1. People are missing the point about this health care issue. It is not a matter of “us” vs. “them” – smart, hard-working people footing the bill for lazy, goof-offs . It’s a question of a broken down, non-funcitioning system.

    Our problem is threefold: 1) Health care has become big business. A few have gotten incredibly rich (insurance and pharmaceutical companies), while the majority of Americans are spending way too much money just to get the bare minimum health care, and a significant segment of the population is going without care altogether, 2) Our system rewards quantity and intensity of care, but not quality, prevention, and patient satisfaction, and 3) the population as a whole is clinging to a “Marcus Welby, M.D.” paternalistic health care paradigm that is was out-moded two decades ago. We, as health care consumers cannot afford to be passive recipients of care any longer; we need to learn to be active partners in the management and maintenance our health.

    This false choice between the government being in charge of health decisions versus the doctor is nothing but a worn-out attempt to distract us from the fact that insurance companies have been dictating care for decades, profiting at the cost of escalating premiums, declining quality and deteriorating health of the American population.

    Do we really want to listen to the Republicans go on and on about the perils of government involvement, or do we want to get serious and fix this problem and put good, quality health care within reach of every American. I think a little government influence would be a refreshing change from the fat-cat CEO approach to running things. Instead of crying “socialism”, let’s take a careful, considered look at other models, like Canada’s and France’s health care systems. Maybe we could learn something.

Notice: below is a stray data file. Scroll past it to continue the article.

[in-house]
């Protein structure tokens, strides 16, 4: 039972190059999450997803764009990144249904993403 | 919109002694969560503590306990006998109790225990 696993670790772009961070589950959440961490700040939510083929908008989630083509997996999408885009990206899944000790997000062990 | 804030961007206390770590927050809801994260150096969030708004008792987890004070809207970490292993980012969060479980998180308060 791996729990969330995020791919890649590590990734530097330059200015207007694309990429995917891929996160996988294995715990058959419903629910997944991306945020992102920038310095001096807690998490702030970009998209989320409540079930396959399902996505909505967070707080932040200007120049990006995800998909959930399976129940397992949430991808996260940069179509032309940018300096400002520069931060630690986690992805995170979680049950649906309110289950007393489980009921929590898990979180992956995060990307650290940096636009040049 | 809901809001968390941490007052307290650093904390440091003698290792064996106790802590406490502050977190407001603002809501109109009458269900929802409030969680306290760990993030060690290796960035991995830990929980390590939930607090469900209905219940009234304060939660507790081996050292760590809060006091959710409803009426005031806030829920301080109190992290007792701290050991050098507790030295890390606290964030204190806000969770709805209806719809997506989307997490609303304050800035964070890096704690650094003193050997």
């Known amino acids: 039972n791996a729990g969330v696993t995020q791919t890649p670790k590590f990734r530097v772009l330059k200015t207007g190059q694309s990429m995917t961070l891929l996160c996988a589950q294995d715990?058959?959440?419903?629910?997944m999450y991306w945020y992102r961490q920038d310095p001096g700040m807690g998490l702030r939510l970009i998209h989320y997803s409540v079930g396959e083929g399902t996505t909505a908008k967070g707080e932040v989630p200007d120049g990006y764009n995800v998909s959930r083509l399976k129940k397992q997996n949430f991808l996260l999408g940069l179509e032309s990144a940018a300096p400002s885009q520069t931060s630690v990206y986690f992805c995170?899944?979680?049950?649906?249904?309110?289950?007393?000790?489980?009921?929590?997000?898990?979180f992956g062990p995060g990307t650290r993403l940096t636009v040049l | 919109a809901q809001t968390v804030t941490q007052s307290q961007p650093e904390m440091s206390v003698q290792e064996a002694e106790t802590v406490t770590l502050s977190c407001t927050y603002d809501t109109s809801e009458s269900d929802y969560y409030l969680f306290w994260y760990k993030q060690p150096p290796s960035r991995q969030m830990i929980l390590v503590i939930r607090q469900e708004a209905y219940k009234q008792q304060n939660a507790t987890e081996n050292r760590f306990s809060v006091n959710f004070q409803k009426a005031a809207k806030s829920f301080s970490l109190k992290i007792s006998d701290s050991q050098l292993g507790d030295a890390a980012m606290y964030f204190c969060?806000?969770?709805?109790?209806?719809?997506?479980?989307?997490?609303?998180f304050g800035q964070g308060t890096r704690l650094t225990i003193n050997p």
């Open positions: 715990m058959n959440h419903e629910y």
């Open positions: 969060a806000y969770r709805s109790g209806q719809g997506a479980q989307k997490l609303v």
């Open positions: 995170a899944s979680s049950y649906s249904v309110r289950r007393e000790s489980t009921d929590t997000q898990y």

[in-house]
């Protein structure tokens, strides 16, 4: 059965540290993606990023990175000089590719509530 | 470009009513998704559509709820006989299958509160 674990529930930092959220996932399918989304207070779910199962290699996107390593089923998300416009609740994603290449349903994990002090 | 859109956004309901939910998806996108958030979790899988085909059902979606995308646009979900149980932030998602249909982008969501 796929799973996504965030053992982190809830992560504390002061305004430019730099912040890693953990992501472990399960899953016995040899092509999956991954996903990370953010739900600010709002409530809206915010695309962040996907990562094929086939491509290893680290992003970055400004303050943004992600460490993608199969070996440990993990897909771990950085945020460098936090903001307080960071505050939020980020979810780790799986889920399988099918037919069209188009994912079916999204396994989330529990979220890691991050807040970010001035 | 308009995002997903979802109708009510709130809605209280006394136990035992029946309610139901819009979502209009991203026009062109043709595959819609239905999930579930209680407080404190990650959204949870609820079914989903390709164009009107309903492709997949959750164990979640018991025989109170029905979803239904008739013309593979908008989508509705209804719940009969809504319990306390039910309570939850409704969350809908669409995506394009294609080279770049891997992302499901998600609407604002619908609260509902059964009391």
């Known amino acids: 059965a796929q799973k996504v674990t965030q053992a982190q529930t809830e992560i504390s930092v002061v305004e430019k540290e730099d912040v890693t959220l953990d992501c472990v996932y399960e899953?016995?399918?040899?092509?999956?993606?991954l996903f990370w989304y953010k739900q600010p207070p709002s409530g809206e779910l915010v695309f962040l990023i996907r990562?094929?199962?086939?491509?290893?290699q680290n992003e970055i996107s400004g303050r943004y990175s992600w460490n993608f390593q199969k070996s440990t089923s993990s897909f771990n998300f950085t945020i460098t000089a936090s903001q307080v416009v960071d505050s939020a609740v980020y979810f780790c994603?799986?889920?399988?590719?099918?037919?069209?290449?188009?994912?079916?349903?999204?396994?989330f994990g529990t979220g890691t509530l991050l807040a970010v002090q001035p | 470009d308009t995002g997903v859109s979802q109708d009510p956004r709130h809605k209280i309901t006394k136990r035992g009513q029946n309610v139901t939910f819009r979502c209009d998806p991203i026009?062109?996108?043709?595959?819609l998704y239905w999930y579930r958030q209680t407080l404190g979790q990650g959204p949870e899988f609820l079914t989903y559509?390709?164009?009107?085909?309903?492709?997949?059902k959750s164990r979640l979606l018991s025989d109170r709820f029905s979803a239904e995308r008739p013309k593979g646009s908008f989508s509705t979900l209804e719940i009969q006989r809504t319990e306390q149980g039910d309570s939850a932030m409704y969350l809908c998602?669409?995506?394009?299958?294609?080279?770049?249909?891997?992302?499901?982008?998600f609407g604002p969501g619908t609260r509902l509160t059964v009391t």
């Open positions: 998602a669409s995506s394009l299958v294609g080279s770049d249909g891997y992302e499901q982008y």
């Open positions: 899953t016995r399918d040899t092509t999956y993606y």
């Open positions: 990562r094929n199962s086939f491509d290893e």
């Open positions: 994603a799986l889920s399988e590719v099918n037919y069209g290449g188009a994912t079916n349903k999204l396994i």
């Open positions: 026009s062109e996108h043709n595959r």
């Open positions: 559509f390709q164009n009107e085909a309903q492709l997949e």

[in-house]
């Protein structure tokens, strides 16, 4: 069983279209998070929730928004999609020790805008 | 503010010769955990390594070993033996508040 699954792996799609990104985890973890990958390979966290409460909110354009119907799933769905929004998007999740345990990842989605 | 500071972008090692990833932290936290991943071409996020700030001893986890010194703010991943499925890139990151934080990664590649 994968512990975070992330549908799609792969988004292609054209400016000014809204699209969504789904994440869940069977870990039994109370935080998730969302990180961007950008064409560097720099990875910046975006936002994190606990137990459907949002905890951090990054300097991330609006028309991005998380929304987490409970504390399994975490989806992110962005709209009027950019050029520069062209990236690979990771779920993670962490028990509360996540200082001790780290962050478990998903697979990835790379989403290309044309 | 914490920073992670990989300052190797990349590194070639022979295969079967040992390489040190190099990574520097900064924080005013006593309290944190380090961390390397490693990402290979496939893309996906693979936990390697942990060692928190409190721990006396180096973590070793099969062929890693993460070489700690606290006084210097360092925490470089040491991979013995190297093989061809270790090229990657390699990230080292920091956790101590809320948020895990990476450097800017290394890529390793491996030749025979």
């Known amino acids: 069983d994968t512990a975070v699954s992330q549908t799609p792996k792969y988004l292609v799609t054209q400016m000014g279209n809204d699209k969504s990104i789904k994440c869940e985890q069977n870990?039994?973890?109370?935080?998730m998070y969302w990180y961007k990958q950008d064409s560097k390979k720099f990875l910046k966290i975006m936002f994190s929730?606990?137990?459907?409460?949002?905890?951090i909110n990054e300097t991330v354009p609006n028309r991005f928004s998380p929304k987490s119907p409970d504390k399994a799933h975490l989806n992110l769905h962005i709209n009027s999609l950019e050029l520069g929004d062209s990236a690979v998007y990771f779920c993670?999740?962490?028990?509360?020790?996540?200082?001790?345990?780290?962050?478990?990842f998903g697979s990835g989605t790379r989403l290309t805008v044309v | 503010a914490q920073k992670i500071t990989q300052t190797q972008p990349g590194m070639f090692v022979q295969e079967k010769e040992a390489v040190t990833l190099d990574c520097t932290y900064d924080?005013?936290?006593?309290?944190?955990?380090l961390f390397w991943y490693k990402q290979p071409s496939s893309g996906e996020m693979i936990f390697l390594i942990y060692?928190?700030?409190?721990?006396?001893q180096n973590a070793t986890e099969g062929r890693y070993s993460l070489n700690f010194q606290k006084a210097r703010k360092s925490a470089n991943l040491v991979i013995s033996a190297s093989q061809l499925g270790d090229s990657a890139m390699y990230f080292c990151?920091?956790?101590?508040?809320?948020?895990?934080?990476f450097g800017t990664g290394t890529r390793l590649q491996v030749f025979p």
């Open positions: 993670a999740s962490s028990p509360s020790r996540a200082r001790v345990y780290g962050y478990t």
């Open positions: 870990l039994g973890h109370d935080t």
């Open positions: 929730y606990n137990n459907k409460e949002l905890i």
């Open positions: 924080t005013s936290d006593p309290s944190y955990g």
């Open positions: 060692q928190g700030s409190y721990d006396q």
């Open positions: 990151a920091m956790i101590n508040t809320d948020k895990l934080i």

Comment by klgrider | June 19, 2009 | Reply

    • You make three good points.
      1) It is a good business. More than a few have gotten rich. In fact, one of the major barriers to reform is that there is so much money in the system, change of any sort gores someone’s ox.
      2) The current system is one that pays for services not care. The original intent of HMOs was to manage care not cost, but it went awry and become only a cost conversation at a time when the process and measurement technology was so immature as to be impractical to utilize to deliver improvements in care.
      3) Consumers must get into the fray. However, most people still want someone else to pay for their health care. As long as someone else is paying the majority of the cost, we will have an insatiable appetite for services. We need a real system where people are real consumers with data on what works and what doesn’t, the relative outcomes of providers and they have a real stake in the cost of the services being delivered.

      As to your solution, this isn’t a republican or democrat, this is about reforming a system first and then figuring out how to deliver it within our ability to afford it. What appears to be going on is that there is a move to FIRST give people access and coverage. The fear is that our government officials will claim victory and not focus on the hard work of comparative effectiveness, efficiency and productivity so that all of this is affordable.

      As to your assertion that we should look at Canada or France — go ahead take a good look. We can debate the delivery system pros and cons, but the bottom line is that the health care costs in these nations is choking their governments and the people as well.

      I agree there needs to be ‘little’ as you said, government influence, but the emphasis here should be on little.

      Comment by Health care -- how do we move forward | June 19, 2009 | Reply